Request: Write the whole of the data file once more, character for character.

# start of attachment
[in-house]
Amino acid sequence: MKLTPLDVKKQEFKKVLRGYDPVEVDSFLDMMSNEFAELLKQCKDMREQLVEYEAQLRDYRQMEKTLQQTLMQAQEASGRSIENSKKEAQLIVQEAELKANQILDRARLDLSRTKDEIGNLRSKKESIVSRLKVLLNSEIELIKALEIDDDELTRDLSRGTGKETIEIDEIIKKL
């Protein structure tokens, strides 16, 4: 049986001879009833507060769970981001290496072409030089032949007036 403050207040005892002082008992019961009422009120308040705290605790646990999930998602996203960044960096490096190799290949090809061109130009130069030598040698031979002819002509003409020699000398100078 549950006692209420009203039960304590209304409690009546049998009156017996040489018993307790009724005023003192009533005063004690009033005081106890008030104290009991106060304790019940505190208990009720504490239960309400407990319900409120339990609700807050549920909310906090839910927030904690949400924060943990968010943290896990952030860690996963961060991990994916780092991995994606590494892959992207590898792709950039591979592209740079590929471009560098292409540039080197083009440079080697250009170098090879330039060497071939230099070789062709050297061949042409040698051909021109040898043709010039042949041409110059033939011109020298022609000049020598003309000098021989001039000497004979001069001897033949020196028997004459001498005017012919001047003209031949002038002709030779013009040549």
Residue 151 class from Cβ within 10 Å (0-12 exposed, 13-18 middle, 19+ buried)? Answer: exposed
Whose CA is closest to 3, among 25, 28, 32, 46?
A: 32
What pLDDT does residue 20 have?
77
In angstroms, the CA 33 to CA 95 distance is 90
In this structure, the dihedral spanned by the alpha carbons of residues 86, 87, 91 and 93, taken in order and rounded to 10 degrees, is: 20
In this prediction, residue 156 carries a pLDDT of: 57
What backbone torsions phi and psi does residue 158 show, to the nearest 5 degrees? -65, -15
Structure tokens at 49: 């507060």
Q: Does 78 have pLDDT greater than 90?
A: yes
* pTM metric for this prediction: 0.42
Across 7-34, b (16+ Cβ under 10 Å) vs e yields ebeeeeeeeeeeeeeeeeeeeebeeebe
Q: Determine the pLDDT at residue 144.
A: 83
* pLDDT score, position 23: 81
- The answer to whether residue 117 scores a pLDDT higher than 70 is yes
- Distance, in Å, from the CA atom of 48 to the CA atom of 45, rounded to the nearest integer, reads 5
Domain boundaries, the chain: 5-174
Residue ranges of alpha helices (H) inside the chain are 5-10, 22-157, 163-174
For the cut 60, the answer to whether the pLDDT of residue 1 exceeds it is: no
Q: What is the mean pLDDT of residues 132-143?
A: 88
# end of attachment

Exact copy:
[in-house]
Amino acid sequence: MKLTPLDVKKQEFKKVLRGYDPVEVDSFLDMMSNEFAELLKQCKDMREQLVEYEAQLRDYRQMEKTLQQTLMQAQEASGRSIENSKKEAQLIVQEAELKANQILDRARLDLSRTKDEIGNLRSKKESIVSRLKVLLNSEIELIKALEIDDDELTRDLSRGTGKETIEIDEIIKKL
């Protein structure tokens, strides 16, 4: 049986001879009833507060769970981001290496072409030089032949007036 403050207040005892002082008992019961009422009120308040705290605790646990999930998602996203960044960096490096190799290949090809061109130009130069030598040698031979002819002509003409020699000398100078 549950006692209420009203039960304590209304409690009546049998009156017996040489018993307790009724005023003192009533005063004690009033005081106890008030104290009991106060304790019940505190208990009720504490239960309400407990319900409120339990609700807050549920909310906090839910927030904690949400924060943990968010943290896990952030860690996963961060991990994916780092991995994606590494892959992207590898792709950039591979592209740079590929471009560098292409540039080197083009440079080697250009170098090879330039060497071939230099070789062709050297061949042409040698051909021109040898043709010039042949041409110059033939011109020298022609000049020598003309000098021989001039000497004979001069001897033949020196028997004459001498005017012919001047003209031949002038002709030779013009040549």
Residue 151 class from Cβ within 10 Å (0-12 exposed, 13-18 middle, 19+ buried)? Answer: exposed
Whose CA is closest to 3, among 25, 28, 32, 46?
A: 32
What pLDDT does residue 20 have?
77
In angstroms, the CA 33 to CA 95 distance is 90
In this structure, the dihedral spanned by the alpha carbons of residues 86, 87, 91 and 93, taken in order and rounded to 10 degrees, is: 20
In this prediction, residue 156 carries a pLDDT of: 57
What backbone torsions phi and psi does residue 158 show, to the nearest 5 degrees? -65, -15
Structure tokens at 49: 């507060």
Q: Does 78 have pLDDT greater than 90?
A: yes
* pTM metric for this prediction: 0.42
Across 7-34, b (16+ Cβ under 10 Å) vs e yields ebeeeeeeeeeeeeeeeeeeeebeeebe
Q: Determine the pLDDT at residue 144.
A: 83
* pLDDT score, position 23: 81
- The answer to whether residue 117 scores a pLDDT higher than 70 is yes
- Distance, in Å, from the CA atom of 48 to the CA atom of 45, rounded to the nearest integer, reads 5
Domain boundaries, the chain: 5-174
Residue ranges of alpha helices (H) inside the chain are 5-10, 22-157, 163-174
For the cut 60, the answer to whether the pLDDT of residue 1 exceeds it is: no
Q: What is the mean pLDDT of residues 132-143?
A: 88